On the other hand, banks promote basic or applied scientific studies on plant species. Scientists do not have to collect species seeds in the field for their research; they directly seek them from the bank. It is worth stressing the germplasm banks role as genes source for crop breeding programmes, among the applied studies. The obtention of ‘superbroccoli’ Beneforte was one of the most paradigmatic examples; It contains extraordinarily high levels of a glucosinolate that helps in cancer prevention; Its breeding programme utilised material (Brassica villosa) from the UPM-PGB.
At the UPM-PGB, the seed bank is the nucleus; however, there is also an in vitro conservation unit and two facilities for practical courses and dissemination activities.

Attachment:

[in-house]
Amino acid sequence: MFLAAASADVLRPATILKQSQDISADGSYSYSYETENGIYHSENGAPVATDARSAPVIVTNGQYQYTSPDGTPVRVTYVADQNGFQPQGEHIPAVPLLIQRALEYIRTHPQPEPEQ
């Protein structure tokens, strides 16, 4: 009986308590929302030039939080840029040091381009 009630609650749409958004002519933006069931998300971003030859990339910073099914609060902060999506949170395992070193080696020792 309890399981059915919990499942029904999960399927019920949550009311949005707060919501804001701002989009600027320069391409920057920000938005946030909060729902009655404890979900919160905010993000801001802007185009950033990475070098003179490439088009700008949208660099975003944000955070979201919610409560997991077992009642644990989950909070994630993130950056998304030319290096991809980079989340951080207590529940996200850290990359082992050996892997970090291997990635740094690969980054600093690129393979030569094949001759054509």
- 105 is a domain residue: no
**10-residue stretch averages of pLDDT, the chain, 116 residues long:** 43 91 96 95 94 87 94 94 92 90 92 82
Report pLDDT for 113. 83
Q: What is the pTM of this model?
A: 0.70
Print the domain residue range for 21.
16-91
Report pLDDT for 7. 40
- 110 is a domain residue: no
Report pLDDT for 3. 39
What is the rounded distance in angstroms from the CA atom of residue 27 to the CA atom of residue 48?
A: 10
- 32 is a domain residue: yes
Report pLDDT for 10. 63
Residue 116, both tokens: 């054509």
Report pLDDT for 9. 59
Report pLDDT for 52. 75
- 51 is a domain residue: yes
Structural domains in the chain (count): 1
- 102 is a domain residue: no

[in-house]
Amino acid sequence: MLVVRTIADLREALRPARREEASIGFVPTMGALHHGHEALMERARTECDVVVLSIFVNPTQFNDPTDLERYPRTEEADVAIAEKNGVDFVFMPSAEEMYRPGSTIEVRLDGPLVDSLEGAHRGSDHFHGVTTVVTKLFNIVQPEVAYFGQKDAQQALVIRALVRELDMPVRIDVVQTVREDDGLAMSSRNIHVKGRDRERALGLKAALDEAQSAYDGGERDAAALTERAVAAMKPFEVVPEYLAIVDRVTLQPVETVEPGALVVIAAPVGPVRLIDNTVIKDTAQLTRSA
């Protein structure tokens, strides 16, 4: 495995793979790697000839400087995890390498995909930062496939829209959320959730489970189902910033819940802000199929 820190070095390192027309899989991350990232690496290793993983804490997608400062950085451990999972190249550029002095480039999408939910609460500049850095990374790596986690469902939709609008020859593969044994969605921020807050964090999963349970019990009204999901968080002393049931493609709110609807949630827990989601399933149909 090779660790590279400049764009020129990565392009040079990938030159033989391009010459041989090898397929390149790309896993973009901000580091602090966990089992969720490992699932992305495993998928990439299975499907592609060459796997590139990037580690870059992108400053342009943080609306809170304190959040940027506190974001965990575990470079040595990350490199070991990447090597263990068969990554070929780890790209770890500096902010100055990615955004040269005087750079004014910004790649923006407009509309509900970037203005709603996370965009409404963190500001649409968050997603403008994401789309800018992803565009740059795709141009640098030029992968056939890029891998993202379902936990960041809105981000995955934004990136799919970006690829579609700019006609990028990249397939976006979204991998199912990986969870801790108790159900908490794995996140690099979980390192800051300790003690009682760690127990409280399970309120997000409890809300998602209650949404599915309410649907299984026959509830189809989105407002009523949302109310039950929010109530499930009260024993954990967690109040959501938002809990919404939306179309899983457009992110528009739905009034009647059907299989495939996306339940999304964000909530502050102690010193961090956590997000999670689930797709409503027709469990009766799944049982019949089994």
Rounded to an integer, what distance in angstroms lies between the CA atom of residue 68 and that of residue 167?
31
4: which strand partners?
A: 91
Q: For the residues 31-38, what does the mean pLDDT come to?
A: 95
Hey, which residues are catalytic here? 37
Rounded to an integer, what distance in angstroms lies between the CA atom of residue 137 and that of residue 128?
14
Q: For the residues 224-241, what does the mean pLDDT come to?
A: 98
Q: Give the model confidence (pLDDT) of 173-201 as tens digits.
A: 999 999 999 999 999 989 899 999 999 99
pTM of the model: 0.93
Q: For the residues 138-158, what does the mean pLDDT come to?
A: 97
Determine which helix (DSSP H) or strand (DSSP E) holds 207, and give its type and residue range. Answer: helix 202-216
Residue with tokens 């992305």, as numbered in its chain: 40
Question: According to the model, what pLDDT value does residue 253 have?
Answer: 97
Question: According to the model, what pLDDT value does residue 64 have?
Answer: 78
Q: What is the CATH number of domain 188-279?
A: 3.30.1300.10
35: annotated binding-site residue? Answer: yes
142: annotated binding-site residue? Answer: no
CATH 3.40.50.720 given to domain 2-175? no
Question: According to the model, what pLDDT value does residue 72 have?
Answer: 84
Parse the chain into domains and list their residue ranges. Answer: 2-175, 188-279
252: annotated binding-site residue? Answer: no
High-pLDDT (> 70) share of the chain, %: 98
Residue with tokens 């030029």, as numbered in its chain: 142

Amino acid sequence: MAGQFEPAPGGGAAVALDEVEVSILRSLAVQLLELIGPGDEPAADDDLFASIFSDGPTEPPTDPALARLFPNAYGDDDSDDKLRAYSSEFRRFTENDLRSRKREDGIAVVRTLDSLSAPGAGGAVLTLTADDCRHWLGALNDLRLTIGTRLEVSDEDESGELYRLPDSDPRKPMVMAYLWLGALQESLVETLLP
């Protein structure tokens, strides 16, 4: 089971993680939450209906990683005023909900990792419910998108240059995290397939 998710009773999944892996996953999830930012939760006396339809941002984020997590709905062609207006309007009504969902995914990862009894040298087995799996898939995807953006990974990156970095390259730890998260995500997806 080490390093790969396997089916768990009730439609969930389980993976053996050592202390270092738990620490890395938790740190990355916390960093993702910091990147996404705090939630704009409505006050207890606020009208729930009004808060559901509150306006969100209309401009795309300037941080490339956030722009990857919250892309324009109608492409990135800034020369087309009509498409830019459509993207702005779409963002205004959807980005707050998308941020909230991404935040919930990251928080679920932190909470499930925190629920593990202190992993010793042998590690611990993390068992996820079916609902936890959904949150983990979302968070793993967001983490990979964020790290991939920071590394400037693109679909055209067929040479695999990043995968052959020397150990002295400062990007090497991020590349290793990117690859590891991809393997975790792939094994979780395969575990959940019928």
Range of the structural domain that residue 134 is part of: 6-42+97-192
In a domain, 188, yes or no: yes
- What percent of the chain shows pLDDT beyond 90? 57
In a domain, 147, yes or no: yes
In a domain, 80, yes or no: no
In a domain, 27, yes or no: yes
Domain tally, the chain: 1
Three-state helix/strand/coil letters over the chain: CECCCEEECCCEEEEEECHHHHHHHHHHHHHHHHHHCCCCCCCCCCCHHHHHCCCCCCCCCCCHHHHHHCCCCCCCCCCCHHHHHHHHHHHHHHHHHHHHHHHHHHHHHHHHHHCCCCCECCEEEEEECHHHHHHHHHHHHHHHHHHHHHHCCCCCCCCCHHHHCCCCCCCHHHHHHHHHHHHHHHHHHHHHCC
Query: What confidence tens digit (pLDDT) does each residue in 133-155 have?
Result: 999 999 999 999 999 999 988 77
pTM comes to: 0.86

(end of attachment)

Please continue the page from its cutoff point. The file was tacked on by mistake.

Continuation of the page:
Indeed. Although the in vitro collection is very short when compared to others, its material is considerable due to its rarity or threat. Therefore, species for which seed conservation has drawbacks are maintained, as in the case of Borderea chouardii, Narcissus cavanillesii, etc. In vitro growth slowed down by low temperatures and modification of the culture medium components is used to preserve the material. In addition, two dissemination field resources are located at the agricultural experimentation fields at the ETSIAAB. Four Mediterranean ecosystems are recreated in the Mediterranean Botanic Garden, in just over 6,000 square metres, with their dominant species: cork oak forest, gall oak-ash forest, holm oak forest and kermes oak-savin forest. There is a collection of more than 200 plant species from around the world in the Greenhouse-Classroom; some of the most endangered Spanish endemisms, such as Vella psedocytisus, Silene hifacensis, Lisimaquia minoricensis are kept inside. The first one, an odd shrubby cruciferous, probably one of the most outstanding elements of the endemic flora of Madrid region.